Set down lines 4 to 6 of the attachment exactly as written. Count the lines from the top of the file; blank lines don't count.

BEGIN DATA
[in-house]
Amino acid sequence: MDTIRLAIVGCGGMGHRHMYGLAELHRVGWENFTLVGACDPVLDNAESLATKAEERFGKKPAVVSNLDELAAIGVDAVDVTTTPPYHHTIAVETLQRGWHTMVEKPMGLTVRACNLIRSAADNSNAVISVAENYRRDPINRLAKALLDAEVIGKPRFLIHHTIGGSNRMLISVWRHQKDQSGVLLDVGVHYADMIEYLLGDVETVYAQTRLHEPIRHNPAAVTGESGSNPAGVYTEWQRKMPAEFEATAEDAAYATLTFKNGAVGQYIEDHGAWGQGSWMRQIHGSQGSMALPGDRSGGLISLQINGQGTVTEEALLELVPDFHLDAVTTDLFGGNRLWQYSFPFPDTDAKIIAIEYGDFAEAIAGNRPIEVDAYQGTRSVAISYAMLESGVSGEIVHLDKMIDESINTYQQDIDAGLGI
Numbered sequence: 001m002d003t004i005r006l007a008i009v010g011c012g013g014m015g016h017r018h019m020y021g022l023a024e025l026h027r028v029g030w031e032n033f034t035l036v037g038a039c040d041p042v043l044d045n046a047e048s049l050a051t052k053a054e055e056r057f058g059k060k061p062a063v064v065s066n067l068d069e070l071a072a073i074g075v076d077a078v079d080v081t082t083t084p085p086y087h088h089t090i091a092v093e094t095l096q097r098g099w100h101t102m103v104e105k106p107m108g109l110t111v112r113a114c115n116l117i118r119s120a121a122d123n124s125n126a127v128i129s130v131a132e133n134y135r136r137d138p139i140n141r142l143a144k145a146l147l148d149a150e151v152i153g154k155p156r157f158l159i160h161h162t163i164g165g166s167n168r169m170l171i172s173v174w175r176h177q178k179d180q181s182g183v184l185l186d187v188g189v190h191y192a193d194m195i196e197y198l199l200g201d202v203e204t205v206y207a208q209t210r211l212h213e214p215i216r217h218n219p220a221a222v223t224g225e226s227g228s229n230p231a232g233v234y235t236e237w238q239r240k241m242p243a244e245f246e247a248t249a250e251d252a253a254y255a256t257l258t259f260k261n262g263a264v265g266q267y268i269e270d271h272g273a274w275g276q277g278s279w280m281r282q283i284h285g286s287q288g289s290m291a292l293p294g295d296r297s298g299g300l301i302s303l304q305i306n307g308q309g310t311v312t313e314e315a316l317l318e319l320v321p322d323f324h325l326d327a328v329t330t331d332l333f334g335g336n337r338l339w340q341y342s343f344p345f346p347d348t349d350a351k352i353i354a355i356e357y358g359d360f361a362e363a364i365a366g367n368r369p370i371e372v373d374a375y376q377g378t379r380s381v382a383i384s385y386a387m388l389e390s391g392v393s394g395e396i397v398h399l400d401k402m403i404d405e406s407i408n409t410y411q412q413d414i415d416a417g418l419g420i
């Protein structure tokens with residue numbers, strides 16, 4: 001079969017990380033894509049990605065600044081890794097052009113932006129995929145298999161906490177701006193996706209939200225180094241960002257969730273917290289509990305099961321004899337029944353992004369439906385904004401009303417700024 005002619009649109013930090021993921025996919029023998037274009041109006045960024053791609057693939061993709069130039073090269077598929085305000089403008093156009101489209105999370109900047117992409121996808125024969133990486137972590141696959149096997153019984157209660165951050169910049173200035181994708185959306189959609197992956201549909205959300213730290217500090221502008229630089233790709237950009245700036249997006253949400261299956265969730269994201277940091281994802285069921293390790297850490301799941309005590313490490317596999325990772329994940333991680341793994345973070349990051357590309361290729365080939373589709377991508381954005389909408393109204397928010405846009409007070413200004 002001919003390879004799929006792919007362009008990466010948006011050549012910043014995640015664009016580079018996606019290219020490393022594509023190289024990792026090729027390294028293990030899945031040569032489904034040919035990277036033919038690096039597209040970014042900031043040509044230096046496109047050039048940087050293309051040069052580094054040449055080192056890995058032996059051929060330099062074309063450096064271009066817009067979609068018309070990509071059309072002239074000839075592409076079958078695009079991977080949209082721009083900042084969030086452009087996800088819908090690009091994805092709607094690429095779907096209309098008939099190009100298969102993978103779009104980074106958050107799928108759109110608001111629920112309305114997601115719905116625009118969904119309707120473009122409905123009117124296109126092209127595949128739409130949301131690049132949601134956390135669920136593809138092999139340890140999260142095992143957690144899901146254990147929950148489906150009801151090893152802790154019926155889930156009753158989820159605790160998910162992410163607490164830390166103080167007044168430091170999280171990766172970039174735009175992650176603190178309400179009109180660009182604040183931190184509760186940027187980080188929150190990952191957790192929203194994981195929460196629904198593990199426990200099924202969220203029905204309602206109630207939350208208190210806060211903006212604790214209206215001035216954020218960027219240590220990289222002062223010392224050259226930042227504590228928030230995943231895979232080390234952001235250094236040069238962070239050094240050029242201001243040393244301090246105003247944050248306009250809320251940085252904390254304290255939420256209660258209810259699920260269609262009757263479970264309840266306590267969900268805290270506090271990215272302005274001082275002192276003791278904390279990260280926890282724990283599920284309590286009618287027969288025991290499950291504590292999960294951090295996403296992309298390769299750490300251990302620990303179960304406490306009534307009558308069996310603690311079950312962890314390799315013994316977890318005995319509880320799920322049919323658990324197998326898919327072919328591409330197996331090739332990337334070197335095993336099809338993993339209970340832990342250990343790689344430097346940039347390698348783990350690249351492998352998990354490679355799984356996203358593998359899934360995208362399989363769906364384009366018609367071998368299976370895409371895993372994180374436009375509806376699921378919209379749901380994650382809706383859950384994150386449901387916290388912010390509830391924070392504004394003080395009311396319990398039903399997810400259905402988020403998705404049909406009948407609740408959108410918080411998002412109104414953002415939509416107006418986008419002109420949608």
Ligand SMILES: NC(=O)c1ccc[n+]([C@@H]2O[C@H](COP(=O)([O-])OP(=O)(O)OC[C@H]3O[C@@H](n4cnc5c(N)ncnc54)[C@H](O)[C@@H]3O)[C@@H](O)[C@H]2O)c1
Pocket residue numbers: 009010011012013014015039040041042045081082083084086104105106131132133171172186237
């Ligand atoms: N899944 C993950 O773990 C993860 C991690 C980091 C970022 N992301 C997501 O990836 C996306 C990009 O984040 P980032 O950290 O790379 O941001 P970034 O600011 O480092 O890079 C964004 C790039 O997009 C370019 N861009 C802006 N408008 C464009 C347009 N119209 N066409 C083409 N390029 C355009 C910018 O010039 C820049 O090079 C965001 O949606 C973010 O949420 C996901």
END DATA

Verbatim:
């Protein structure tokens with residue numbers, strides 16, 4: 001079969017990380033894509049990605065600044081890794097052009113932006129995929145298999161906490177701006193996706209939200225180094241960002257969730273917290289509990305099961321004899337029944353992004369439906385904004401009303417700024 005002619009649109013930090021993921025996919029023998037274009041109006045960024053791609057693939061993709069130039073090269077598929085305000089403008093156009101489209105999370109900047117992409121996808125024969133990486137972590141696959149096997153019984157209660165951050169910049173200035181994708185959306189959609197992956201549909205959300213730290217500090221502008229630089233790709237950009245700036249997006253949400261299956265969730269994201277940091281994802285069921293390790297850490301799941309005590313490490317596999325990772329994940333991680341793994345973070349990051357590309361290729365080939373589709377991508381954005389909408393109204397928010405846009409007070413200004 002001919003390879004799929006792919007362009008990466010948006011050549012910043014995640015664009016580079018996606019290219020490393022594509023190289024990792026090729027390294028293990030899945031040569032489904034040919035990277036033919038690096039597209040970014042900031043040509044230096046496109047050039048940087050293309051040069052580094054040449055080192056890995058032996059051929060330099062074309063450096064271009066817009067979609068018309070990509071059309072002239074000839075592409076079958078695009079991977080949209082721009083900042084969030086452009087996800088819908090690009091994805092709607094690429095779907096209309098008939099190009100298969102993978103779009104980074106958050107799928108759109110608001111629920112309305114997601115719905116625009118969904119309707120473009122409905123009117124296109126092209127595949128739409130949301131690049132949601134956390135669920136593809138092999139340890140999260142095992143957690144899901146254990147929950148489906150009801151090893152802790154019926155889930156009753158989820159605790160998910162992410163607490164830390166103080167007044168430091170999280171990766172970039174735009175992650176603190178309400179009109180660009182604040183931190184509760186940027187980080188929150190990952191957790192929203194994981195929460196629904198593990199426990200099924202969220203029905204309602206109630207939350208208190210806060211903006212604790214209206215001035216954020218960027219240590220990289222002062223010392224050259226930042227504590228928030230995943231895979232080390234952001235250094236040069238962070239050094240050029242201001243040393244301090246105003247944050248306009250809320251940085252904390254304290255939420256209660258209810259699920260269609262009757263479970264309840266306590267969900268805290270506090271990215272302005274001082275002192276003791278904390279990260280926890282724990283599920284309590286009618287027969288025991290499950291504590292999960294951090295996403296992309298390769299750490300251990302620990303179960304406490306009534307009558308069996310603690311079950312962890314390799315013994316977890318005995319509880320799920322049919323658990324197998326898919327072919328591409330197996331090739332990337334070197335095993336099809338993993339209970340832990342250990343790689344430097346940039347390698348783990350690249351492998352998990354490679355799984356996203358593998359899934360995208362399989363769906364384009366018609367071998368299976370895409371895993372994180374436009375509806376699921378919209379749901380994650382809706383859950384994150386449901387916290388912010390509830391924070392504004394003080395009311396319990398039903399997810400259905402988020403998705404049909406009948407609740408959108410918080411998002412109104414953002415939509416107006418986008419002109420949608």
Ligand SMILES: NC(=O)c1ccc[n+]([C@@H]2O[C@H](COP(=O)([O-])OP(=O)(O)OC[C@H]3O[C@@H](n4cnc5c(N)ncnc54)[C@H](O)[C@@H]3O)[C@@H](O)[C@H]2O)c1
Pocket residue numbers: 009010011012013014015039040041042045081082083084086104105106131132133171172186237